Translation at the Margins: Toward a Prehistory of Future Antiquities
Respondent: Constanze Guthenke, Oxford University

Welcome and Introduction

Patricia H. Labalme Friends of the Library Lecture
Eugenio Refini (2022 Fellow), New York University
Transformance (or how to think about the “here-and-now-ness” of reception)

Stephen Greenblatt (2010 Resident), Harvard University 
Marlowe and Shakespeare under Siege

Coffee Break

Martin Devecka, University of California, Santa Cruz
The Future in Ruins

Constanze Guthenke, Oxford University
Disorientations: Classical Scholarship in America

Conversations|Conversazioni – Pompeii in the World
Mariko Muramatsu (2022 Visiting Scholar), University of Tokyo
Allison L. C. Emmerson (2019 Fellow), Interim Andrew W. Mellon Humanities Professor, American Academy in Rome, and Tulane University

Thursday, March 7

Today’s events take place at the American Academy in Rome.

Fellow’s Roundtable: Anne L. Williams (2024 Fellow)
Sacred vs. Sacrilege: Visual Parody before the Reformation and Its Modern Reception
Respondent: Avinoam Shalem (2016 Resident), Columbia University

Welcome and Introduction

Lucrezia Cippitelli, Accademia di Belle Arti di Brera
De-linking and Artistic Research: Toward a Deconstruction of Eurocentric Narrations

Avinoam Shalem (2016 Resident), Columbia University
The Terror of Terminologies: The Idea of “Renaissance in Islam” and “Classical Epoch” as Mirrored in Scholarly Writings of Past Records

Coffee Break

Sarah Nuttall, Wits Institute for Social and Economic Research, University of the Witwatersrand
The Reception of the Research University in Africa: Notes from the South

Christina Huemer Lecture
Denise Murrell, Metropolitan Museum of Art
HBCUs, PWIs, and the Asymmetrical Reception of the Harlem Renaissance

Conversations|Conversazioni – Creating Elena Ferrante and the Romanticization of Naples
Cecilia Schwartz, University of Stockholm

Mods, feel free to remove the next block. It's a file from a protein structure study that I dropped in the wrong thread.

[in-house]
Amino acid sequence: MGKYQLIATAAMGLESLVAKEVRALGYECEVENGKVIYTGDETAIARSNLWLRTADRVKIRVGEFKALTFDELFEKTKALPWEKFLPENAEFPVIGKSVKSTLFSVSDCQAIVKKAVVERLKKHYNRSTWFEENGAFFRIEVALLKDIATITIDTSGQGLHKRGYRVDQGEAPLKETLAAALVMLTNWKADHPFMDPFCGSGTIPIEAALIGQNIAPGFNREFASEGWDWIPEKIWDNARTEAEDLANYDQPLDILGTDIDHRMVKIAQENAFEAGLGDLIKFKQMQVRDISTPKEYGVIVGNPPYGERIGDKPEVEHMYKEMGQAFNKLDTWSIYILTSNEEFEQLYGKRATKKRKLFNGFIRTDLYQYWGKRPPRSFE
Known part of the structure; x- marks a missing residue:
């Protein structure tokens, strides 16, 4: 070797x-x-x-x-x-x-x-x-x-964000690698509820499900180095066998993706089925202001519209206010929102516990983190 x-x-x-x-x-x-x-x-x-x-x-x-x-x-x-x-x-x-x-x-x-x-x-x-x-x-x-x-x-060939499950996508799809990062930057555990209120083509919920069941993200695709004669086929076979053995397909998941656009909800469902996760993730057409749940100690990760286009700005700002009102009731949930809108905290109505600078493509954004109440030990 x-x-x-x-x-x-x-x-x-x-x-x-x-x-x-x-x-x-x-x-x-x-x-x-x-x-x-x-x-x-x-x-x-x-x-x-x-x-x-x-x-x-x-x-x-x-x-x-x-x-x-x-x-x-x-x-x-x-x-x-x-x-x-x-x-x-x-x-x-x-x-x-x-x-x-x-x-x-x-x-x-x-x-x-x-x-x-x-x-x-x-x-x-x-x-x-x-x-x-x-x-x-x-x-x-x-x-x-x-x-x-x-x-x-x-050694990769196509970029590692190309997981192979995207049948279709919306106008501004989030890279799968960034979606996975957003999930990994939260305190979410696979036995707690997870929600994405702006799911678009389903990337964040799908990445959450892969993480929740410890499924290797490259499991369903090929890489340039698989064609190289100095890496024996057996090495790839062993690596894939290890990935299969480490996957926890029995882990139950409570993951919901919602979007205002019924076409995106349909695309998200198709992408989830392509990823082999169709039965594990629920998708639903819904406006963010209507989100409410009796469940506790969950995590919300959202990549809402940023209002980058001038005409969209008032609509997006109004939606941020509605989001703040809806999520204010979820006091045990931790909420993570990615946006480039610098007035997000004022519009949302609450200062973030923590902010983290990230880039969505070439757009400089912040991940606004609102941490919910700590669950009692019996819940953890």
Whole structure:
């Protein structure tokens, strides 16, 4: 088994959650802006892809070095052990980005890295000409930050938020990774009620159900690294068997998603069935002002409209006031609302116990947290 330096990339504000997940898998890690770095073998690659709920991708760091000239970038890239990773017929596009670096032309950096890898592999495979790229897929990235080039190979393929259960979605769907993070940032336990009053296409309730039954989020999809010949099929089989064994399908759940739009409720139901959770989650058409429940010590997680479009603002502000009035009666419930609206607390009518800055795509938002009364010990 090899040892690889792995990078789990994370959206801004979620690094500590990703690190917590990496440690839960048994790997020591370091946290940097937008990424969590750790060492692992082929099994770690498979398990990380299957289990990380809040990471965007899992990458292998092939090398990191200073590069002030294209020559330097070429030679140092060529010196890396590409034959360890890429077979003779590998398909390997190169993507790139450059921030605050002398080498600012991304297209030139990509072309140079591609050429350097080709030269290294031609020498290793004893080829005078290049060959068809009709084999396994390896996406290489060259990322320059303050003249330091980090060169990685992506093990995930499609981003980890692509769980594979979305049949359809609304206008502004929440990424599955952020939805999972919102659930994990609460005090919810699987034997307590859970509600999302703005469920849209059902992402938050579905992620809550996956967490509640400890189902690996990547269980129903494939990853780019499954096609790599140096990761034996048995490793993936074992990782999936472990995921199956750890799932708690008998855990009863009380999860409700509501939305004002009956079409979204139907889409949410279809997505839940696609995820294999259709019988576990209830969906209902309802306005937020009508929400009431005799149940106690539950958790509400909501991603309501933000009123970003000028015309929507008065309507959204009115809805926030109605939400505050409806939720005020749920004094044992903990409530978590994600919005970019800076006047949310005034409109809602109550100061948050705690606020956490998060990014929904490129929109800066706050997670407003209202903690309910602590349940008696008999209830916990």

Rachel Donadio (2014 Affiliated Fellow), writer and cultural critic
Introduced by Ilaria Puri Purini, Andrew Heiskell Arts Director, American Academy in Rome

Date & time

Tuesday, March 5–Thursday, March 7, 2024

American Academy in Rome
McKim, Mead & White Building
Via Angelo Masina, 5
Rome, Italy
Security notice

For access to the Academy, guests will be asked to show a valid photo ID. Backpacks and luggage with dimensions larger than 40 x 35 x 15 cm (16 x 14 x 6 in.) are not permitted on the property. There are no locker facilities available. You may not bring animals (with the exception of seeing-eye/guide dogs).


The Academy is accessible to wheelchair users and others who need to avoid stairs. Please email us at if you or someone in your party uses a wheelchair or other mobility devices so that we can ensure the best possible visitor experience. If you are someone with a disability or medical condition that may require special accommodation, please also email us at

Event sponsorship

The Helen Frankenthaler Foundation generously supports Conversations/Conversazioni at the American Academy in Rome. 

This program is made possible with the support from the Getty Foundation through its Connecting Art Histories initiative.